In Fedora, he found some of his software didn’t exist as .deb, and struggled to make .tar files work smoothly for him.

He tried NixOS afterward. He really liked the whole immutability thing, as well as the idea that apps would have their own dependencies.

His dependency problem happened in PopOS. If I remember correctly, it was a code editor that required a version of something that was different to what a package he used in his software was.

I think the order he tried was Fedora -> NixOS -> PopOS -> NixOS -> ? (Haven’t talked to him about it recently)

[–] [email protected] 18 points 1 month ago* (last edited 1 month ago) (1 children)

I would argue that NixOS absolutely is the OS you get if your time is worthless, but not every distro is the same. I'd argue that if you need something that doesn't have so many issues a stabler or easier to use distro (Debian, Ubuntu, Pop!_OS, Linux Mint, and even Fedora or openSUSE) is going to be a better option than trying to bend specifically NixOS to do what you want.

I personally use a mix of Pop, Debian, and Fedora, not because they're particularly powerful, but because they tend to be more straightforward for what I want to do than NixOS, Gentoo, or Arch. I don't mind tinkering, but for my main machines I don't want to tinker much.

Edit: I should clarify that there are plenty of reasonable uses of Windows and I don't fault anyone for using it especially if their familiarity is keeping them from understanding Linux as well as they want to. But I also would make the case that there are a lot of distros out there.

[–] [email protected] 3 points 1 month ago (5 children)

I would argue that NixOS absolutely is the OS you get if your time is worthless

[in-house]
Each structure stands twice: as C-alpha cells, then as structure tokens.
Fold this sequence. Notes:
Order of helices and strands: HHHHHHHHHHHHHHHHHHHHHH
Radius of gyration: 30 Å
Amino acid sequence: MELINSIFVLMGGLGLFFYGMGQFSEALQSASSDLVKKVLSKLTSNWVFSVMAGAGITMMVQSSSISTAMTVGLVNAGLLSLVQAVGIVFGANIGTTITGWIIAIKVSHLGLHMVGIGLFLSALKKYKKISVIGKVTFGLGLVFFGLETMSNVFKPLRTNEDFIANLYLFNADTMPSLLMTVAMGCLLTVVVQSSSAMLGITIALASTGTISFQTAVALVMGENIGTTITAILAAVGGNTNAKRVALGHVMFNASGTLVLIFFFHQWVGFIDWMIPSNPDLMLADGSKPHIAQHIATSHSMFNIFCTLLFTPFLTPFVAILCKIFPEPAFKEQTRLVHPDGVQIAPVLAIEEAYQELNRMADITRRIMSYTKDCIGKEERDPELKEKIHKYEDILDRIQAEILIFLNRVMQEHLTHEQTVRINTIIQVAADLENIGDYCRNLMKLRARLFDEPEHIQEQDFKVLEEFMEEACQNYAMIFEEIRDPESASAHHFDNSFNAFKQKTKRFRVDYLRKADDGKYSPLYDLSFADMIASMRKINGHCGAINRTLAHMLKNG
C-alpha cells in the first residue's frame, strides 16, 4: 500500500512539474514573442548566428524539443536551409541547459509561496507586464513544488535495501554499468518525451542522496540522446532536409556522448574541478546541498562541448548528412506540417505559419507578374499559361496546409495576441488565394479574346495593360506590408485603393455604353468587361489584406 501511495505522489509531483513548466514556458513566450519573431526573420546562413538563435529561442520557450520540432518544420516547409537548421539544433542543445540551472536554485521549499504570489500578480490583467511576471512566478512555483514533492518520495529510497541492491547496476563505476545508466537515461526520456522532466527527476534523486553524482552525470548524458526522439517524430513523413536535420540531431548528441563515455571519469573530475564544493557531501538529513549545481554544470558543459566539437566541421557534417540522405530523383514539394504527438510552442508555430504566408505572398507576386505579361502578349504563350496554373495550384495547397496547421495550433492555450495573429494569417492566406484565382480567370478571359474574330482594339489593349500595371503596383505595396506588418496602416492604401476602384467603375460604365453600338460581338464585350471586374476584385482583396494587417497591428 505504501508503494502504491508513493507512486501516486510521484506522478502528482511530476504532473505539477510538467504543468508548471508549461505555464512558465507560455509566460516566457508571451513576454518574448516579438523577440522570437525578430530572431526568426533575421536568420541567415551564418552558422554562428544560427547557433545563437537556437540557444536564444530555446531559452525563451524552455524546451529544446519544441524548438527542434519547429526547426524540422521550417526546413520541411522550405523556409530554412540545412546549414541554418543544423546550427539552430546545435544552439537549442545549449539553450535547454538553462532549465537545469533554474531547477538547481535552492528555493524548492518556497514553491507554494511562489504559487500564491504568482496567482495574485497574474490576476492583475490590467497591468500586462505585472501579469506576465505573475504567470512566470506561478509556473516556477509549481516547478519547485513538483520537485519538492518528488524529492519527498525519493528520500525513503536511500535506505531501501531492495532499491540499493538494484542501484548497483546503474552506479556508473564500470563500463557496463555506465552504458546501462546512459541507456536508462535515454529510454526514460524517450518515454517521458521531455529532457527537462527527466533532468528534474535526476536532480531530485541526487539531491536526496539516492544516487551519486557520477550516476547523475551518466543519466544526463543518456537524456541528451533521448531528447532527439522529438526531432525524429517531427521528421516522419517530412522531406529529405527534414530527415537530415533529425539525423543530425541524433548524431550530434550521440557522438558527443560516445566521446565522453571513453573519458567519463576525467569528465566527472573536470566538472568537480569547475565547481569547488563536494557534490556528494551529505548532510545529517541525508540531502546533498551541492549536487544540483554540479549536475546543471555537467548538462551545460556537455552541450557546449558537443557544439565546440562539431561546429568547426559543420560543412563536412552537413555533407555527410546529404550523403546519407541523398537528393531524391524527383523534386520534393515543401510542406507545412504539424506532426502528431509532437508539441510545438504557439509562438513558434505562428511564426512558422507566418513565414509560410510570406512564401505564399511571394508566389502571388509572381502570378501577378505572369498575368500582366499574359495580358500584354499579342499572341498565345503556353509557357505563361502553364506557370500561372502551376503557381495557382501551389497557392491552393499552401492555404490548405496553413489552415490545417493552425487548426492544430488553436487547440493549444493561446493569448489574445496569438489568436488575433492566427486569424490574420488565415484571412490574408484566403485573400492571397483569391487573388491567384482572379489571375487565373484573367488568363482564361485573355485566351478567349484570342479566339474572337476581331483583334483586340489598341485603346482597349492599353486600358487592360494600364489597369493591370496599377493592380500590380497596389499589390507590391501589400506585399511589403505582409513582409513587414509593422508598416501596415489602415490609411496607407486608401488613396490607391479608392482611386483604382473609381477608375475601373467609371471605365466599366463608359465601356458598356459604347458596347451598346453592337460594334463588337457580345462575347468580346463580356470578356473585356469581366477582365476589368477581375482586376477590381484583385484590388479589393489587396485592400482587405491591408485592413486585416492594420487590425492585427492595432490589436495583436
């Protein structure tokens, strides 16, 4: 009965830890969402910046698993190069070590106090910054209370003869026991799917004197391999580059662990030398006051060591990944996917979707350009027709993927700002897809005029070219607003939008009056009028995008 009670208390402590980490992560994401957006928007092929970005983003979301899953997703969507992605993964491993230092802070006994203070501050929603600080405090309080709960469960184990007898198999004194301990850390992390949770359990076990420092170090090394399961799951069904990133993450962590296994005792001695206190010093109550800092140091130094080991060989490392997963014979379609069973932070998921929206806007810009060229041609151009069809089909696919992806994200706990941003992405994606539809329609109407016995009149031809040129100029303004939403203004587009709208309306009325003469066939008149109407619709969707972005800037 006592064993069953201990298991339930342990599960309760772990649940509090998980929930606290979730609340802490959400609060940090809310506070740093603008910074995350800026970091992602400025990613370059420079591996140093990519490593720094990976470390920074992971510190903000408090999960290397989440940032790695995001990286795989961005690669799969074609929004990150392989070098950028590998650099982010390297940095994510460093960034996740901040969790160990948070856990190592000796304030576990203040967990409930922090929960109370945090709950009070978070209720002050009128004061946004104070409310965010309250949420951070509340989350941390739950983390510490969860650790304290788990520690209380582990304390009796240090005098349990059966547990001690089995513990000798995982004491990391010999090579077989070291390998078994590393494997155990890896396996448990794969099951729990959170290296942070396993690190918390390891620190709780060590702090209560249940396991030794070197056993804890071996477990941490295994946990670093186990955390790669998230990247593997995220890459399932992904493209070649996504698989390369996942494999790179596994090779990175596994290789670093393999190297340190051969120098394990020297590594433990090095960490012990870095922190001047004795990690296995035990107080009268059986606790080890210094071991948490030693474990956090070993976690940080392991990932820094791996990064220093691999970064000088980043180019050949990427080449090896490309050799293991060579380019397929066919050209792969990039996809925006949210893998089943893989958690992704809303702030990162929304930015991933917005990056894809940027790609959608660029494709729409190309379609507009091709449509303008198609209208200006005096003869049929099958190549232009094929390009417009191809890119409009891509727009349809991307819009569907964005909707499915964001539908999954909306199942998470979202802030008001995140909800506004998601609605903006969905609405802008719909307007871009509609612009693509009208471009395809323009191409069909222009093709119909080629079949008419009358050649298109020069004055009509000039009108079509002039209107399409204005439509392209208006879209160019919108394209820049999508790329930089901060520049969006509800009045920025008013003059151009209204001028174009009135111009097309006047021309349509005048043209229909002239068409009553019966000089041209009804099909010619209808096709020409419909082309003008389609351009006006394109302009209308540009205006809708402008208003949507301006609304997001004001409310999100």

Hard disagree. Does it require you to climb through heaps of trash documentation? Absolutely. But, if you persevere, you got yourself a rock solid system that will even make Debian Stable jealous; all while requiring no maintenance.

  1. Better documentation has been made available since relatively recently.
[–] [email protected] 4 points 1 month ago (1 children)

I'd argue Fedora Atomic does the job with even less fuss for a larger number of people. NixOS is great if you want/need to tinker, but Fedora Atomic is just giddy up and go as long as you don't require any specialized programs or drivers.

I say this as someone who currently uses NixOS on both of my computers.

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[–] [email protected] 10 points 1 month ago

Why does your brother use NixOS in the first place?

Don't get me wrong; I think NixOS is a very interesting project with a very bright future. It probably wouldn't be an exaggeration if I said that NixOS has single-handedly inspired the current immutable revolution. However, it's also a distro that wants you to learn and digest its ways before it will return the favor.

But, based on my reading/understanding of your comment, your brother doesn't strike me as a seasoned Linux user. Am I right? Btw, NixOS is hard unbeknownst of how many experiences you got with other distros. However, I would simply never recommend a new user to use (Gentoo, Guix System or) NixOS. There are definitely outliers, but they would have to find it themselves then.

[–] [email protected] 10 points 1 month ago* (last edited 1 month ago)

I have used a lot of different distros and I never had dependency problems whether on Linux mint, Debian, open suse or fedora. And yes, this can be a problem, especially on distros like Manjaro, but you still can use flatpaks/appimages/snaps and don’t deal with dependencies at all. NixOS and all rolling release distros can be great but they are not meant for people who are not ready to troubleshoot their system at any time. If you stick with a more stable distro like Debian you will most likely get a more reliable system then with windows.

[–] [email protected] 8 points 1 month ago

i dunno ubuntu has been plug and play for my work, and it gets much less in my way.

[–] [email protected] 11 points 1 month ago

I just recently switched to mint, and so far it's been great. I will say though, I find it pretty ridiculous how many hoops I had to jump through just to get my second drive to mount on boot and for programs to maintain write permissions to it. Which is a situation that a lot of non tech savvy will deal with when switching, especially gamers.

[–] [email protected] 7 points 1 month ago (1 children)

A garbage to run ads again. Everyone already knows the myths and they don't need the same post to pop up every year.

[–] [email protected] 3 points 1 month ago

HowtoGeek used to be a legitimately good site back in the day but now has a proliferation of low quality articles. Also, uBlock Origin by default blocks it's links sometimes since they redirect via as well.